Former players offer Premiership and Pro12 predictions
June 23, 2021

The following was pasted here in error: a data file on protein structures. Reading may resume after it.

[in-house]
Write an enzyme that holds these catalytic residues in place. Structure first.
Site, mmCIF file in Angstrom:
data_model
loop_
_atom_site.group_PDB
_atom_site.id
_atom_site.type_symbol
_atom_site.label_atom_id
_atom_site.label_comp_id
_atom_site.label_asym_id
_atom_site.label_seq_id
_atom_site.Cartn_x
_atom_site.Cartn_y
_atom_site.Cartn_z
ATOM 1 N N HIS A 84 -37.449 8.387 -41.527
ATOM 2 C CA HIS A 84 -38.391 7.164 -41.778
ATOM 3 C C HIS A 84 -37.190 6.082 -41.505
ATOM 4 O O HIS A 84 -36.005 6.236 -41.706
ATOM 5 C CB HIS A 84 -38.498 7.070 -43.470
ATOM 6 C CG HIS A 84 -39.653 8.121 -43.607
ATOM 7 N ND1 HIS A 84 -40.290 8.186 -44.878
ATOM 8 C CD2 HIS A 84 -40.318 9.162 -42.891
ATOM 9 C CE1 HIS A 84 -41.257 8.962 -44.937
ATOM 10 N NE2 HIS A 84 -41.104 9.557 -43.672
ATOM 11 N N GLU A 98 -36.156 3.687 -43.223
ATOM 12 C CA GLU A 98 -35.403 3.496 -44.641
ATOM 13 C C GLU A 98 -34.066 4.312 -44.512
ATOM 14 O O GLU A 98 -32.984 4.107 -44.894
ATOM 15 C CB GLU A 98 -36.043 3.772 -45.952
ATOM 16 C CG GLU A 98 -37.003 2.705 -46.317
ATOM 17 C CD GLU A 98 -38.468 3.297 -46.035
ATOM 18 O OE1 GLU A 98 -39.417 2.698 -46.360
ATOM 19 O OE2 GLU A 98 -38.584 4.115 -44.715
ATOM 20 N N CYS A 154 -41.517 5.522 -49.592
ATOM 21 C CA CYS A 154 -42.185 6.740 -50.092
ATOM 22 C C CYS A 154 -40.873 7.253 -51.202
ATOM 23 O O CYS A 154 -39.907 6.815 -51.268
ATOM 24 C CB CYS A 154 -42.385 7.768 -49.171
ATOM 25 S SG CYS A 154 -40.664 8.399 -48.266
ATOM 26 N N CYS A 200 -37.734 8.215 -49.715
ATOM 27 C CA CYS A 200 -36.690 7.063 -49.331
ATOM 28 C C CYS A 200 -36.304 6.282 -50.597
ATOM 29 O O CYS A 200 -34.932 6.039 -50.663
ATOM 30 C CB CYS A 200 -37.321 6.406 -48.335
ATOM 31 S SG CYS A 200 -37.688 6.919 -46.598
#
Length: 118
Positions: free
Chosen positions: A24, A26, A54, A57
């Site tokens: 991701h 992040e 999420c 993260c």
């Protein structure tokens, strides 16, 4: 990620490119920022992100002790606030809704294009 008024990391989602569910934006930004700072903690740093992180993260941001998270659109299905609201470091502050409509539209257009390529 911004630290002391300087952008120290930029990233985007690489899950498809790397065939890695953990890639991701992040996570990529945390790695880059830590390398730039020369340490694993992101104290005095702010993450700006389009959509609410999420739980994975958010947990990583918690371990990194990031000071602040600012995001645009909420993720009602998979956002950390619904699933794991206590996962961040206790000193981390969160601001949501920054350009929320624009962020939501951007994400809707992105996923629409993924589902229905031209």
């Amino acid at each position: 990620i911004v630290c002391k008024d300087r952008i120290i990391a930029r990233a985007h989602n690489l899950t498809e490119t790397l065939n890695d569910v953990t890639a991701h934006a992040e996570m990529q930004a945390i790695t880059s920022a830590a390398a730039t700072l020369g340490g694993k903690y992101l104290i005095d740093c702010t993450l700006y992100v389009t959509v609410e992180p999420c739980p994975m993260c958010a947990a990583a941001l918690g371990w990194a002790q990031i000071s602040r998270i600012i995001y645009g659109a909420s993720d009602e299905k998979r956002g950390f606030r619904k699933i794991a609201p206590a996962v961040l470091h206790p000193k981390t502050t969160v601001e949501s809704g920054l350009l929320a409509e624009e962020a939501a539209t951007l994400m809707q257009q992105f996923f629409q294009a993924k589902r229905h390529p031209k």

Seen it all: Former England, Bath and Leicester Tigers back-row Lewis Moody cast an eye over the contendersBy Alan DymockBOTH THE Aviva Premiership and RaboDirect Pro12 are about to burst back in to life this Friday. Newcastle and Bath kick off the Premiership and Scarlets and Leinster kick of the Pro12.You may be more excited than a Twilight fan in a crypt, but this is a serious business. Silverware is on offer and in the case of the Premiership there is relegation to fight away from. So we asked some former players who they thought would challenge in the playoffs and who would fall away. Here are some early predictions.Aviva PremiershipLewis Moody“I don’t see a huge change in the top four sides, in terms of Leicester, Harlequins, Saracens and Northampton Saints.“Saints in particular have signed well. Yes they have lost [Soane] Tonga’uiha and [Brian] Mujati, and they have a side that has gotten to finals but not finished or that should have gotten some silverware by now. However, Alex Corbisiero comes in from the summer he has had; Dylan Hartley returns with a point to prove. Keeping him as captain may be a bit unusual, but I of all people know what happens when the red mist descends so we know he has to be squeaky clean. And then we have George North coming in full of confidence; riding high. He comes into a team demoralized after losing the Premiership final and he can help motivate them.“Quins are always going to lose international players and last season Chris Robshaw and Danny Care came back from England duty tired. So Quins will now have to look at how they rotate their team and look at guys like Luke Wallace contesting a shirt. Now, there’s no guarantee Chris will start England’s autumn campaign with Matt Kvesic having a good England tour, but he will have to play for Quins and has to be consistent. Olly Kohn is a big loss too, and Nick Kennedy is not the bulkiest and biggest replacement, but you know what he gets in the set-piece with his lineout operation.“Down at the bottom, you look at London Irish and the improvements they made at the end of last season. They made nigh on 15 changes to their starting team at the end and still finished strong. Coming through that to have consistency can only be good for guys like Marlon Yarde. I think [the fight] will be between Newcastle and Worcester.”Classy touches: Vesty adds some glamourSam Vesty“Obviously I’m talking as a Worcester Warriors coach. I don’t think I can see much past the usual top four.“Leicester and Sarries are the odds on top contenders and if you look at Northampton they could kick on. Sarries and Tigers will contend because they are traditionally strong, ambitions and lots of other reasons. They always seem to hold on to their best players, recruit well and the players want to get stronger.“Gloucester could climb, as they have a young squad coming to the right age. They’re always going to have a young, exciting, quick backline, but we will see if the players have got that understanding to win games. LATEST RUGBY WORLD MAGAZINE SUBSCRIPTION DEALS LONDON, ENGLAND – AUGUST 06: Morgan Stoddart of Wales tries to go past Mark Cueto of England during the Investec international friendly match between England and Wales on August 6, 2011 in Twickenham, England. (Photo by David Rogers/Getty Images) “You know what, Connacht might surprise a few people too. Fionn Carr always scored tries freely for them and he is back from Leinster and the signing of Craig Clarke from Waikato Chiefs is big.“A player to look out for is Jordan Williams. He had a massive U20s tournament for Wales and he should be given a good run of games with North and Andrew Fenby away. There are opportunities in the back three and he is a good, tidy player with good feet and he will get a chance this season.” “What I will say is that my player to watch is Kyle Eastmond. He’s not exactly a dark horse anymore, but he is one of the best footballers I have ever played with. With his skills he is always attacking the line and Bath need a game plan that gets him the ball.”RaboDirect Pro12Bleeding for the cause: Graeme Morrison with GlasgowGraeme Morrison“I think Ulster luring Stephen Ferris back instead of letting him going to Japan is a big move for them and they are very tough to beat already. They led the league last year and with their Heineken Cup quarter and their losing the final last year they will have matured in their position. I think they will have realized what it takes.“With my old club Glasgow, I think they will be good again. They have a work ethic and with the signings they’ve made and guys like Chris Fusaro coming back they look like having an impressive squad. They have brought in guys with caps and people that can add as squad players. They’ve still got [Sean] Lamont and [Al] Kellock and with Chris Cusiter back they can kick on. Last year, if it wasn’t for the loss to Scarlets just as the season finished they would have really stood a chance of winning the league.“Of course Llanelli is a tough side and the Ospreys pack is full of quality. People talk about Tito Tebaldi coming in but he has never had the best pack to play behind. Sure we bullied the pack when they came to Glasgow last season, but I’ve got a feeling all of the Welsh sides will be better this season after their national team’s exploits and the Lions tour.“Then we have Leinster. They are always there or there abouts.”Glory days: Stoddart playing for Wales against EnglandMorgan Stoddart“I think Leinster, Ulster and Glasgow will be there and then the fourth spot is tight.“Those three can carry on from last year and they have made signings and have always had a strong foreign contingent who won’t be away during international time, particularly Ulster and their South Africans.“Fighting over that fourth spot could be Scarlets – but they have lost George North and others, in a bit of a blur, even if they have brought in John Barclay who will be good – and there is Munster. They may revert to type, even if they are trying to play this new style. You can’t keep them down for long.